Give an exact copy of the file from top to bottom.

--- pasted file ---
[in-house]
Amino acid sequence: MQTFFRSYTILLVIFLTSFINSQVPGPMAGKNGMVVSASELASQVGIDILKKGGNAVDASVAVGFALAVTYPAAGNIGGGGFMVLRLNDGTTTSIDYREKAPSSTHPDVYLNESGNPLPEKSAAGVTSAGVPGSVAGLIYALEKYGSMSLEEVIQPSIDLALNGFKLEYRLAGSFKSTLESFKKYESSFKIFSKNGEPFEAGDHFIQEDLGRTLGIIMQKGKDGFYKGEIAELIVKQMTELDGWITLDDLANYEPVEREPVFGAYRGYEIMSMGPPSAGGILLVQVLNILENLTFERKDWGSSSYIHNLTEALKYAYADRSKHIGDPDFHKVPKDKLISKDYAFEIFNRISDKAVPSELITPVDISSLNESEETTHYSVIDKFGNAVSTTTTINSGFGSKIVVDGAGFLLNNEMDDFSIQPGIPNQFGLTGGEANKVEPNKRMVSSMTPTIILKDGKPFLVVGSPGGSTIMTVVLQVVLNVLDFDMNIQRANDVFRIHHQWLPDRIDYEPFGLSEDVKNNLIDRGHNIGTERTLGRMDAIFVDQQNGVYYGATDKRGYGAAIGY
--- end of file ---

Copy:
[in-house]
Amino acid sequence: MQTFFRSYTILLVIFLTSFINSQVPGPMAGKNGMVVSASELASQVGIDILKKGGNAVDASVAVGFALAVTYPAAGNIGGGGFMVLRLNDGTTTSIDYREKAPSSTHPDVYLNESGNPLPEKSAAGVTSAGVPGSVAGLIYALEKYGSMSLEEVIQPSIDLALNGFKLEYRLAGSFKSTLESFKKYESSFKIFSKNGEPFEAGDHFIQEDLGRTLGIIMQKGKDGFYKGEIAELIVKQMTELDGWITLDDLANYEPVEREPVFGAYRGYEIMSMGPPSAGGILLVQVLNILENLTFERKDWGSSSYIHNLTEALKYAYADRSKHIGDPDFHKVPKDKLISKDYAFEIFNRISDKAVPSELITPVDISSLNESEETTHYSVIDKFGNAVSTTTTINSGFGSKIVVDGAGFLLNNEMDDFSIQPGIPNQFGLTGGEANKVEPNKRMVSSMTPTIILKDGKPFLVVGSPGGSTIMTVVLQVVLNVLDFDMNIQRANDVFRIHHQWLPDRIDYEPFGLSEDVKNNLIDRGHNIGTERTLGRMDAIFVDQQNGVYYGATDKRGYGAAIGY